SCHOOL TRIPS: Why ocean damage is deeply disturbing

First form students were delighted to see sharks, stingrays, starfish and gentoo penguins during a spectacular aquarium visit, where they also learnt about the damage plastics are doing to our oceans. FRANCESCA FAULKS and MEABH O’COFAIGH report

OUR journey into The Deep began in the prehistoric section of the world famous Hull aquarium, where we saw some interesting skeletal remains of sea creatures such as giant turtles and sharks.

We progressed to the Tropics section of the huge building, which is packed with more than 3,500 fish and other stunning marine life.

As well as a range of tropical fish, we saw a small tank filled with mesmerising starfish and, after learning lots about the kind of fish you might find in warm oceans such as the Mediterranean, we entered the Cold Oceans section.

We spent a lot of time watching the gentoo penguins play in the water and eat the fish they were fed. There was even a penguin chick, which was very cute.

Next, we walked through a tunnel where we could view the sharks and stingrays before going down another floor to investigate creatures such as eels and bioluminescent fish like the angler which live in the darker, deeper oceans.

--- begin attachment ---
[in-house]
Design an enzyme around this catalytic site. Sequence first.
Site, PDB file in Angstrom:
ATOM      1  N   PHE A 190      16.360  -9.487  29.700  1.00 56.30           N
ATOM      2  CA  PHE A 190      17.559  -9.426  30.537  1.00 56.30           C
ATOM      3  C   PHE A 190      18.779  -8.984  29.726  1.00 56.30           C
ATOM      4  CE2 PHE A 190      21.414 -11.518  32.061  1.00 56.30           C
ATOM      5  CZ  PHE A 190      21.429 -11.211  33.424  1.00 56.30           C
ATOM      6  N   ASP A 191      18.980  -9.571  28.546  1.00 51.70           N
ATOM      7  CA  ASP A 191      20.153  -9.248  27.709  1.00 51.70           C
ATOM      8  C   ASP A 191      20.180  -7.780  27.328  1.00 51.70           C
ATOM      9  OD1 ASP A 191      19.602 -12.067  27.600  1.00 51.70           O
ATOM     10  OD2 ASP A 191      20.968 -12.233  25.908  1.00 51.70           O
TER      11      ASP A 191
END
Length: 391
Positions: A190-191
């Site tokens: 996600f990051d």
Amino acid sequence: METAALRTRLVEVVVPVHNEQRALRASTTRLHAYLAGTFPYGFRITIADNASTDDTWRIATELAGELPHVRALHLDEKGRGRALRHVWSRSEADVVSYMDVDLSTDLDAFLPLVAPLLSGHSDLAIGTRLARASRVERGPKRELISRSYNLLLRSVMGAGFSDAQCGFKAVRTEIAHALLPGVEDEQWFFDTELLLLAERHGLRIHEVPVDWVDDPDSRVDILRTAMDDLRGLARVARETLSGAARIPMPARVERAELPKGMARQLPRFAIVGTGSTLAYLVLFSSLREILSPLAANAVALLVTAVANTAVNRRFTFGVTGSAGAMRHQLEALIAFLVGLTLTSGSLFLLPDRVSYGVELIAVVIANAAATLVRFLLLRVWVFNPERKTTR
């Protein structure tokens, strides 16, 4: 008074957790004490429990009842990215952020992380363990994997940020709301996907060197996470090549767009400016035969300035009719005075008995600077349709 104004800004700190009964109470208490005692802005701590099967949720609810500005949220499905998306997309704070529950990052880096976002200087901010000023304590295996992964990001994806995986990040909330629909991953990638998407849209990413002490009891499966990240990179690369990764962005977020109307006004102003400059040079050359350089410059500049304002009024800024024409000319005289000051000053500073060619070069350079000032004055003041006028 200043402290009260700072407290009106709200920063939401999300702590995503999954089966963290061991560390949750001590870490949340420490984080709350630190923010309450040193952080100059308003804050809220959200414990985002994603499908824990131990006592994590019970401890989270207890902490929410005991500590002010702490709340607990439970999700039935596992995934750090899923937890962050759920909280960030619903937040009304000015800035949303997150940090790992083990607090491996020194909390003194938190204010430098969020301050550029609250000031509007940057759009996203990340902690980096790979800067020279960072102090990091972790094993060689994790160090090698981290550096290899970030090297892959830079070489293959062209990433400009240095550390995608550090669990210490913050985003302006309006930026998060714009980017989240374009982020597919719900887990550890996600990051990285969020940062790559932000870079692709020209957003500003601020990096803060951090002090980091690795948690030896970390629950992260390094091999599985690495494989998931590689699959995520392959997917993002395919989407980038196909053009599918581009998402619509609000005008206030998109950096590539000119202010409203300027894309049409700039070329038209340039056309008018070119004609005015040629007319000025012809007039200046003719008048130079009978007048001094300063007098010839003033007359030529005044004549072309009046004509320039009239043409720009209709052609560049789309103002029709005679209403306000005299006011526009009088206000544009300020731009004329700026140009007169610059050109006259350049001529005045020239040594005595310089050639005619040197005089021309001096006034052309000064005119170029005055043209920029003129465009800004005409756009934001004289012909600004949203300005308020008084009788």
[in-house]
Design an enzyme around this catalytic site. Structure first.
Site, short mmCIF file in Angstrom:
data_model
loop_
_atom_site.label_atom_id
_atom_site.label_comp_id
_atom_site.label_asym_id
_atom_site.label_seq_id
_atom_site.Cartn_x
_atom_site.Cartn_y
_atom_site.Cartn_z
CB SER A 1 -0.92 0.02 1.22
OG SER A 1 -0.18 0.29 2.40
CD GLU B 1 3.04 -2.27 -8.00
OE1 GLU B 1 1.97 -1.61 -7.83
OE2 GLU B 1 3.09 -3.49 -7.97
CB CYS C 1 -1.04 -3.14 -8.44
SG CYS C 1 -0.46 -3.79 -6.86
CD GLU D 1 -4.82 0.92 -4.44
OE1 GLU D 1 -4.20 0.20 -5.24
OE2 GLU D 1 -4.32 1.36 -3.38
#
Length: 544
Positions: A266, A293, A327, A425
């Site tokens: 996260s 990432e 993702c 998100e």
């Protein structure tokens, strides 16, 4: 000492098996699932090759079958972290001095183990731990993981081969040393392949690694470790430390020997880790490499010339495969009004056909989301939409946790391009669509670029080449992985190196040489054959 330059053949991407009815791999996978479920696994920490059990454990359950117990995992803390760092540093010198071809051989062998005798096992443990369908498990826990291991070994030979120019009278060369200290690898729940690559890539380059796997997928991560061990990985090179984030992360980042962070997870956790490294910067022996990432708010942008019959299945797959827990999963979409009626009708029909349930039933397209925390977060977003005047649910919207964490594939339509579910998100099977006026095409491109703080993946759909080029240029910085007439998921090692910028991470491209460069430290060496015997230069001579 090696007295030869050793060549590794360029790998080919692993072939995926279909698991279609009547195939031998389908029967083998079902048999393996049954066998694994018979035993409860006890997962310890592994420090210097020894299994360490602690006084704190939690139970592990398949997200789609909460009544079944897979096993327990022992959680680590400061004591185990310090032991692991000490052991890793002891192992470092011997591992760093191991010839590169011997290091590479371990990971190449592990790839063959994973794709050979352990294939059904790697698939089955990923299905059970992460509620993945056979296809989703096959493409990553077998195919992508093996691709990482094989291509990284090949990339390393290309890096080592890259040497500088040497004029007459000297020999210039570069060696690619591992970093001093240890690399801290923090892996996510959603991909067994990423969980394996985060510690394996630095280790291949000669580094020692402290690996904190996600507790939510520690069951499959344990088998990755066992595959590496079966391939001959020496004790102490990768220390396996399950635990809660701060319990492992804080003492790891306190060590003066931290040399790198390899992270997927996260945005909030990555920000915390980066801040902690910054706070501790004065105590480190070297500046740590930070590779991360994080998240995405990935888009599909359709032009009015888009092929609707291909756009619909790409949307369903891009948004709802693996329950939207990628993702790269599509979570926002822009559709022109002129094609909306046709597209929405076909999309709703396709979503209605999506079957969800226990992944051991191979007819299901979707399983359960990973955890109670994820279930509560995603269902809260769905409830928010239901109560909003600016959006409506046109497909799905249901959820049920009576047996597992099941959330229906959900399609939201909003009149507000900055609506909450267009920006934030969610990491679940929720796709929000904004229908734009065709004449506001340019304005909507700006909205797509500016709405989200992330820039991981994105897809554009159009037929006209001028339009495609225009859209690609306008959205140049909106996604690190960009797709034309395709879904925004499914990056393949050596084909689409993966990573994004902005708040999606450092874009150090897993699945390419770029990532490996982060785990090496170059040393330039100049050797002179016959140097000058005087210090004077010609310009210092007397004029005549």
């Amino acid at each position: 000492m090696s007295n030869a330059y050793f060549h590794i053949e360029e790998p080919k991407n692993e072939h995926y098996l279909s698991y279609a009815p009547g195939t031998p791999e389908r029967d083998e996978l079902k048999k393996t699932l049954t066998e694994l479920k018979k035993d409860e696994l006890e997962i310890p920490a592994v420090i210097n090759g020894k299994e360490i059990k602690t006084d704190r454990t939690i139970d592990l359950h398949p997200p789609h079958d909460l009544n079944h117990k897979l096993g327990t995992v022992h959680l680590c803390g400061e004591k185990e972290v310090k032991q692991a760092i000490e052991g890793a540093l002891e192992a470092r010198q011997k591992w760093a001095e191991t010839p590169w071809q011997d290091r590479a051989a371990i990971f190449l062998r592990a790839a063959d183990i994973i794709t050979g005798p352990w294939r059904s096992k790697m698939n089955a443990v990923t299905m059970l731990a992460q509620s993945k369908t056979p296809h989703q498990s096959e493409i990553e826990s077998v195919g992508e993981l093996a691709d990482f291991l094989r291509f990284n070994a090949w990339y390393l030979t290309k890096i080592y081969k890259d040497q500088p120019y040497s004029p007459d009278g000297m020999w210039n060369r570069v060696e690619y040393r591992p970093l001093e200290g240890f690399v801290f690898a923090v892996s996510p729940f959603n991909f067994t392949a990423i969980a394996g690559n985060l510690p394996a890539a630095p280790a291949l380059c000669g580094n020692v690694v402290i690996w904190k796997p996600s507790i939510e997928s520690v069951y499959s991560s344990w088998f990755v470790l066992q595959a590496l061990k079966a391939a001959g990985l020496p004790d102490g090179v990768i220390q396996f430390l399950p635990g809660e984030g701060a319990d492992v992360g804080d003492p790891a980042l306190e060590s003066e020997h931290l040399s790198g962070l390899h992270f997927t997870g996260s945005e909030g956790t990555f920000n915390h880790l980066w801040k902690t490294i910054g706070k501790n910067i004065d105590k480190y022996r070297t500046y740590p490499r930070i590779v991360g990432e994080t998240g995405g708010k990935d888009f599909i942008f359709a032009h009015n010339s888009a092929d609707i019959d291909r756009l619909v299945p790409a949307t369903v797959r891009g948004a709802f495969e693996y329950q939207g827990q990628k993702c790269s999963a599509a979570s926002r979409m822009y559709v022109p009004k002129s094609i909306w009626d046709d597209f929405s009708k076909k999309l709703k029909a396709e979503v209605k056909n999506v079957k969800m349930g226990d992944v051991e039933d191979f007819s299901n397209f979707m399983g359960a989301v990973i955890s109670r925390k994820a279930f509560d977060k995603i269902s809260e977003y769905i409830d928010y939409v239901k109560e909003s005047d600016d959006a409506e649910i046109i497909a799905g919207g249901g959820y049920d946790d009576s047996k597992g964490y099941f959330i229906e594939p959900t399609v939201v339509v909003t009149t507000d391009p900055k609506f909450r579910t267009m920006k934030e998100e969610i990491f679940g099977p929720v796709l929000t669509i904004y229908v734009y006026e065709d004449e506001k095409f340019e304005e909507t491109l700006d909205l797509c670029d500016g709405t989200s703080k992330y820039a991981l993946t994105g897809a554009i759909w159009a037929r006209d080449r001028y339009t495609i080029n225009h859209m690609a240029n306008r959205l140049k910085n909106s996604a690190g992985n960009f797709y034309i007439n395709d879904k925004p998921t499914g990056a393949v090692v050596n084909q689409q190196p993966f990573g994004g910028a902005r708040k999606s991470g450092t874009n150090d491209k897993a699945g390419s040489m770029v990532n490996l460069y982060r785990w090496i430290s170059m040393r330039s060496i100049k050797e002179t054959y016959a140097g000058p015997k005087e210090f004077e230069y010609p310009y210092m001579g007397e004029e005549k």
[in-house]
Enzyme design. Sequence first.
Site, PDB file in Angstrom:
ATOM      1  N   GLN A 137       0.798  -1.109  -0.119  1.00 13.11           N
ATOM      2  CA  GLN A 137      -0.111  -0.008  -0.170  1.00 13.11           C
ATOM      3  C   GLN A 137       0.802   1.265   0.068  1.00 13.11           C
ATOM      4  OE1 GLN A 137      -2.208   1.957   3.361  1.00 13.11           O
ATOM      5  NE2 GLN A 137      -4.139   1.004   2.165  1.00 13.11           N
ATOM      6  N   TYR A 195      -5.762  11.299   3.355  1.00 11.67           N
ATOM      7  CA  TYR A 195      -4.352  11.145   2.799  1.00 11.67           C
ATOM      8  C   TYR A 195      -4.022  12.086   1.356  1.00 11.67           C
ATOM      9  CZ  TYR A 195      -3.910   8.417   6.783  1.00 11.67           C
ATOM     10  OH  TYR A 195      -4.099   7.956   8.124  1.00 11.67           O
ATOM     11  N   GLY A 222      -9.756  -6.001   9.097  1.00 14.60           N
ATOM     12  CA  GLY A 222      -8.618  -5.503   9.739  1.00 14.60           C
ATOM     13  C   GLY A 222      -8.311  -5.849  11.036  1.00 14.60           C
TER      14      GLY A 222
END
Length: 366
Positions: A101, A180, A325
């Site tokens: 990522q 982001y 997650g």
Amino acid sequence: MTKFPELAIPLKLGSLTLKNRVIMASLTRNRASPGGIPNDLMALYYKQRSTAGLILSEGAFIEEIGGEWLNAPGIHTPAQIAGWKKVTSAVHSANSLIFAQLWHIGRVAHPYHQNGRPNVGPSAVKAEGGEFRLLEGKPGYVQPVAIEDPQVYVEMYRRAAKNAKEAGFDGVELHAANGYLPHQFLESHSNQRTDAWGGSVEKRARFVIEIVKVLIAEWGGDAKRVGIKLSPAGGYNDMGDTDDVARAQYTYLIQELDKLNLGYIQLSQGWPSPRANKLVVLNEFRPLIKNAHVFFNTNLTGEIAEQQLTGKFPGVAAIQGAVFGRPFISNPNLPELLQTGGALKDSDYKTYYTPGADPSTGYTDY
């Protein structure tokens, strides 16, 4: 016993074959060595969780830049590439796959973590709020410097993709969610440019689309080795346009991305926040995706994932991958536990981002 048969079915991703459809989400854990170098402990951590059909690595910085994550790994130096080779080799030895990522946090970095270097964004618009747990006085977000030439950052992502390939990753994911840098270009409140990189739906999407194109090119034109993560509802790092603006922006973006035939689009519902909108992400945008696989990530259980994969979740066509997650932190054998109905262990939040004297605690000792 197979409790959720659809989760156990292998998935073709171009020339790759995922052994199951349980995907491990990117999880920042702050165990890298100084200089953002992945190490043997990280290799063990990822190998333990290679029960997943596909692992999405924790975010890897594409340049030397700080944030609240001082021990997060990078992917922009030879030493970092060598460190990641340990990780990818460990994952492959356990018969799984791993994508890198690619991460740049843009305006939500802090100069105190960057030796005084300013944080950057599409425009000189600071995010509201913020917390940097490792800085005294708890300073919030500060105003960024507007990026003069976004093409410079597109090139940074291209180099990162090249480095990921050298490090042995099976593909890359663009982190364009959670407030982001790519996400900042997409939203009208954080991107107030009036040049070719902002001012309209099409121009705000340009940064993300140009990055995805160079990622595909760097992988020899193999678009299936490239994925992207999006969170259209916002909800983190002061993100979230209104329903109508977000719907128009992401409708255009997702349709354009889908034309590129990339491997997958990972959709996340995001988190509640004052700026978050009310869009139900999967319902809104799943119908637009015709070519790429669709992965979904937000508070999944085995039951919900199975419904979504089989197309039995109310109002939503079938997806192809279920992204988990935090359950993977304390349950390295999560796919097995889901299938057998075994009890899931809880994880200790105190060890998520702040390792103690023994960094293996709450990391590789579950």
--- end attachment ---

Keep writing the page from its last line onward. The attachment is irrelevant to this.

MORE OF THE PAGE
Sadly, there was a tank packed with plastic and a model fish, which demonstrated how our oceans are getting more and more clogged up with our single-use rubbish, as well as the damage this does to the fish.

It’s rather upsetting an aquarium has to address this, as it shouldn’t be a problem.

After lunch, we learned about the dangers of plastic in our seas and oceans, along with the science explaining why certain materials don’t biodegrade.

We did an interesting experiment, covering a beaker with cloth and pouring a liquid containing micro plastics into it in order to analyse it.

Overall going to The Deep was a great educational experience and we would definitely go again.